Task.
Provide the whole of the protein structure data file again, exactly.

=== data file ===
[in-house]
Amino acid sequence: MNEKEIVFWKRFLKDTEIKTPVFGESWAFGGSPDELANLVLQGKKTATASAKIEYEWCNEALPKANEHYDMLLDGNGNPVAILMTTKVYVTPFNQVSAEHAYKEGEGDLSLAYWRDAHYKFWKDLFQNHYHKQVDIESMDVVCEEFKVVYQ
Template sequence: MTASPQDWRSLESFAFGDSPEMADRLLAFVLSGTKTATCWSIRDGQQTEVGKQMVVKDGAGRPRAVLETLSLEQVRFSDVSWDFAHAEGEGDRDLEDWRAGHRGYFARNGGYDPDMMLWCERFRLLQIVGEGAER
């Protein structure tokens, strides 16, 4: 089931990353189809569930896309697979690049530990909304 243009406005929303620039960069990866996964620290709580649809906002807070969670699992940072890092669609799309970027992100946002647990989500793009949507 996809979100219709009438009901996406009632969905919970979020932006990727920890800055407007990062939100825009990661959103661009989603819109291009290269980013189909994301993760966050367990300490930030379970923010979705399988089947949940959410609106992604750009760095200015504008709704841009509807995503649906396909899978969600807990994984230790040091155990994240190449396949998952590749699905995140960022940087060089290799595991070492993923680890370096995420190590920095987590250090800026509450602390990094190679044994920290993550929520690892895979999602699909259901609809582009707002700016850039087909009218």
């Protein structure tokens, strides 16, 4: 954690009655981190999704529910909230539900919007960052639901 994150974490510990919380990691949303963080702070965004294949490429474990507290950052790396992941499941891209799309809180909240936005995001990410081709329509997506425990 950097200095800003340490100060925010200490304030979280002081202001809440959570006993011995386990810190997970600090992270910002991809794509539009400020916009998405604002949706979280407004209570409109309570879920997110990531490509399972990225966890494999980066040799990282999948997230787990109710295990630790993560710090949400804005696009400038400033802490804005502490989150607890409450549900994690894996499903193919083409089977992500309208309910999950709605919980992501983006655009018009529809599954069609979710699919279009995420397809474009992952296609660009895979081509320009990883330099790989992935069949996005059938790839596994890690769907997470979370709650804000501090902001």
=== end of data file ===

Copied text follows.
[in-house]
Amino acid sequence: MNEKEIVFWKRFLKDTEIKTPVFGESWAFGGSPDELANLVLQGKKTATASAKIEYEWCNEALPKANEHYDMLLDGNGNPVAILMTTKVYVTPFNQVSAEHAYKEGEGDLSLAYWRDAHYKFWKDLFQNHYHKQVDIESMDVVCEEFKVVYQ
Template sequence: MTASPQDWRSLESFAFGDSPEMADRLLAFVLSGTKTATCWSIRDGQQTEVGKQMVVKDGAGRPRAVLETLSLEQVRFSDVSWDFAHAEGEGDRDLEDWRAGHRGYFARNGGYDPDMMLWCERFRLLQIVGEGAER
């Protein structure tokens, strides 16, 4: 089931990353189809569930896309697979690049530990909304 243009406005929303620039960069990866996964620290709580649809906002807070969670699992940072890092669609799309970027992100946002647990989500793009949507 996809979100219709009438009901996406009632969905919970979020932006990727920890800055407007990062939100825009990661959103661009989603819109291009290269980013189909994301993760966050367990300490930030379970923010979705399988089947949940959410609106992604750009760095200015504008709704841009509807995503649906396909899978969600807990994984230790040091155990994240190449396949998952590749699905995140960022940087060089290799595991070492993923680890370096995420190590920095987590250090800026509450602390990094190679044994920290993550929520690892895979999602699909259901609809582009707002700016850039087909009218």
């Protein structure tokens, strides 16, 4: 954690009655981190999704529910909230539900919007960052639901 994150974490510990919380990691949303963080702070965004294949490429474990507290950052790396992941499941891209799309809180909240936005995001990410081709329509997506425990 950097200095800003340490100060925010200490304030979280002081202001809440959570006993011995386990810190997970600090992270910002991809794509539009400020916009998405604002949706979280407004209570409109309570879920997110990531490509399972990225966890494999980066040799990282999948997230787990109710295990630790993560710090949400804005696009400038400033802490804005502490989150607890409450549900994690894996499903193919083409089977992500309208309910999950709605919980992501983006655009018009529809599954069609979710699919279009995420397809474009992952296609660009895979081509320009990883330099790989992935069949996005059938790839596994890690769907997470979370709650804000501090902001």